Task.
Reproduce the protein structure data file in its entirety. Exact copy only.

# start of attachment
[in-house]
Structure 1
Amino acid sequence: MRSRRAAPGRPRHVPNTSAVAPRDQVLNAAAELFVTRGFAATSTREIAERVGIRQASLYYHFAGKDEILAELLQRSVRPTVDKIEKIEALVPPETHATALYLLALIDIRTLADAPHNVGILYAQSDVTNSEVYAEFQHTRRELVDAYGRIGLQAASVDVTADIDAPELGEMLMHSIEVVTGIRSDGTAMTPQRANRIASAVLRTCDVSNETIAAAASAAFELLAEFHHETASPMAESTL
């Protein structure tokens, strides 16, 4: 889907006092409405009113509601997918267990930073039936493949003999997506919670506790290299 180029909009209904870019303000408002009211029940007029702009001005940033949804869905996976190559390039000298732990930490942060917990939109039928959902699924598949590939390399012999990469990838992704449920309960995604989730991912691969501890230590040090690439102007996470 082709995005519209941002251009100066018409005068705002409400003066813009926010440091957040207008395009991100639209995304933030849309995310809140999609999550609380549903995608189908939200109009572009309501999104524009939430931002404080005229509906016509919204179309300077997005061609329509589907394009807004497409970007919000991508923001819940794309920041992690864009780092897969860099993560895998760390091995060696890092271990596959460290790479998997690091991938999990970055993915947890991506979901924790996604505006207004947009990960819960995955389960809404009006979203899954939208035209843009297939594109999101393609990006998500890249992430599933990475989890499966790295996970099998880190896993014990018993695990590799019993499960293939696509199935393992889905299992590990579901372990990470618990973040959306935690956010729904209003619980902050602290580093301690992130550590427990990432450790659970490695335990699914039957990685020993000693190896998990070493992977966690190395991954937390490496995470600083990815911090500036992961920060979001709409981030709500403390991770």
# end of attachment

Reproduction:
[in-house]
Structure 1
Amino acid sequence: MRSRRAAPGRPRHVPNTSAVAPRDQVLNAAAELFVTRGFAATSTREIAERVGIRQASLYYHFAGKDEILAELLQRSVRPTVDKIEKIEALVPPETHATALYLLALIDIRTLADAPHNVGILYAQSDVTNSEVYAEFQHTRRELVDAYGRIGLQAASVDVTADIDAPELGEMLMHSIEVVTGIRSDGTAMTPQRANRIASAVLRTCDVSNETIAAAASAAFELLAEFHHETASPMAESTL
């Protein structure tokens, strides 16, 4: 889907006092409405009113509601997918267990930073039936493949003999997506919670506790290299 180029909009209904870019303000408002009211029940007029702009001005940033949804869905996976190559390039000298732990930490942060917990939109039928959902699924598949590939390399012999990469990838992704449920309960995604989730991912691969501890230590040090690439102007996470 082709995005519209941002251009100066018409005068705002409400003066813009926010440091957040207008395009991100639209995304933030849309995310809140999609999550609380549903995608189908939200109009572009309501999104524009939430931002404080005229509906016509919204179309300077997005061609329509589907394009807004497409970007919000991508923001819940794309920041992690864009780092897969860099993560895998760390091995060696890092271990596959460290790479998997690091991938999990970055993915947890991506979901924790996604505006207004947009990960819960995955389960809404009006979203899954939208035209843009297939594109999101393609990006998500890249992430599933990475989890499966790295996970099998880190896993014990018993695990590799019993499960293939696509199935393992889905299992590990579901372990990470618990973040959306935690956010729904209003619980902050602290580093301690992130550590427990990432450790659970490695335990699914039957990685020993000693190896998990070493992977966690190395991954937390490496995470600083990815911090500036992961920060979001709409981030709500403390991770």